This is an older photo I took of Greta when we were back in Greensboro. The look on her face and the grip in her white little knuckles, made the determination palpable during this painting session. She has always loved to paint and manages to make the most beautiful abstract artworks that I wish I were able to create myself. How is it that children can make the most simply beautiful lines and smears of color, and yet, when I sit down with the intent to make an abstract image, I struggle? Too much pressure and knowledge, I think. I find myself referring to this Picasso quote more and more as I watch her grow, and as I have made the shift to teaching elementary art.
(Our favorite finger paints!)
As her interests grow, she has discovered chalk, finger painting, gel window clings, stickers, and coloring books. It’s funny, coloring books used to be the evil anti-art thing that I had very few of growing up. In our shifting world the new evil anti-art thing tend to be screen time. Eric and I limit Greta’s screen time to 10 minutes, at the most during any given day. There a few art apps she really enjoys, but we still monitor her usage at all times. I am still amazed that she can unlock my phone, activate the camera on my phone, and take photos. You can probably guess what this mama uses her phone most for most often.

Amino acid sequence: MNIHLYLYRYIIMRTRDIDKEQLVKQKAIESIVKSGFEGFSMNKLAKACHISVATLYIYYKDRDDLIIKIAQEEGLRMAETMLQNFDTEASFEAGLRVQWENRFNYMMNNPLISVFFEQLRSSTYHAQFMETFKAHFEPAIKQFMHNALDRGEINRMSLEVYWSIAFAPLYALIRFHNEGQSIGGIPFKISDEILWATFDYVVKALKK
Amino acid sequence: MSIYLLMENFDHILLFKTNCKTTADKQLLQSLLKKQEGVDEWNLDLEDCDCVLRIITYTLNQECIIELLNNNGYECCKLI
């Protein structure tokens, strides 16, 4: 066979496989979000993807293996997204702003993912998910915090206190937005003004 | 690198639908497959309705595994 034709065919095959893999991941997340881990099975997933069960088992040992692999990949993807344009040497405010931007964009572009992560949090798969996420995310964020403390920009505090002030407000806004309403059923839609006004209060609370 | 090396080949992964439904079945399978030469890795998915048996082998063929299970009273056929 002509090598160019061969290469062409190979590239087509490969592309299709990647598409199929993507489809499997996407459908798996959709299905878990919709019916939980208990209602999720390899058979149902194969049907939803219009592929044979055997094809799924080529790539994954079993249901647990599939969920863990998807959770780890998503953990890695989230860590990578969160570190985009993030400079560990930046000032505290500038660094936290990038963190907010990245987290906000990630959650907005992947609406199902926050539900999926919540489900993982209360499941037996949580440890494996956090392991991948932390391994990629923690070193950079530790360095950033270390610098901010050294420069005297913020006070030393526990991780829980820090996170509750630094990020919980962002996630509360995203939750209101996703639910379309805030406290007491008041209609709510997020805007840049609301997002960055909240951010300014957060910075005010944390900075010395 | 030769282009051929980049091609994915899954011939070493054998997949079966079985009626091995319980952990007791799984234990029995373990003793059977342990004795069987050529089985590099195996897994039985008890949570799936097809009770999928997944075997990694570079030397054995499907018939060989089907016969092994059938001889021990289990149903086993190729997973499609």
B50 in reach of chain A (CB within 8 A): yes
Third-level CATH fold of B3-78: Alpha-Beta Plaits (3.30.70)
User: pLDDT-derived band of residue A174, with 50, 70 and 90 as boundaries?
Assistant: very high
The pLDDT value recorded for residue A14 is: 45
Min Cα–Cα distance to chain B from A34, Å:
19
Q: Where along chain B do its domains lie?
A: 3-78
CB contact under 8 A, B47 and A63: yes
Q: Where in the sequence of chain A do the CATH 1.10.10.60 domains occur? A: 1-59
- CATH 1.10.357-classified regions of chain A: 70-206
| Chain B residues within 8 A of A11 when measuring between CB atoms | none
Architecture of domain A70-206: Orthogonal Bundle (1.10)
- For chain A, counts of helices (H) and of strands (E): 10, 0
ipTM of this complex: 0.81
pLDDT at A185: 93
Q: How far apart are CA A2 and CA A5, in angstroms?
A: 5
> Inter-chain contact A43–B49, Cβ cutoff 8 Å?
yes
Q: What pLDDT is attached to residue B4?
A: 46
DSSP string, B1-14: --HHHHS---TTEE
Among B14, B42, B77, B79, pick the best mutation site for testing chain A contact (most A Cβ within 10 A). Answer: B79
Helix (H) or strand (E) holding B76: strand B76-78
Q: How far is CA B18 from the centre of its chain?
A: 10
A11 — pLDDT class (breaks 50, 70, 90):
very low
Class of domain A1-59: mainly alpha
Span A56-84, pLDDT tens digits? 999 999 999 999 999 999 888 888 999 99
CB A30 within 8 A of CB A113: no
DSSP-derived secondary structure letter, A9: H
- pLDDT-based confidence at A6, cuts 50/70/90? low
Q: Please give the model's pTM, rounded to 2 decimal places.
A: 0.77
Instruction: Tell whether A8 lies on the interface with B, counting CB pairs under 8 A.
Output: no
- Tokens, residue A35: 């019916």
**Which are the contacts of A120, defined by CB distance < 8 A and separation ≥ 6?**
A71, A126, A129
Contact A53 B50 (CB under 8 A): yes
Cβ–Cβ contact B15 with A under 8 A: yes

Due to her savvy phone skills, I end up with a lot of selfies like this one. Although many end up as just a smear of her skin color.
Lately, Greta’s been busy making digital artworks with The Very Hungry Caterpillar & Friends Sticker Book, which is based on the art and characters of Eric Carle. At $1.99 it is a deal! She made this illustration the other morning. The fun part about this app is the ability to choose objects and characters and stick them onto a background. There are 57 different stickers and 5 backgrounds to choose from. Greta loves the different sounds that accompany each sticker and loves to do silly things like place frogs on top of cakes.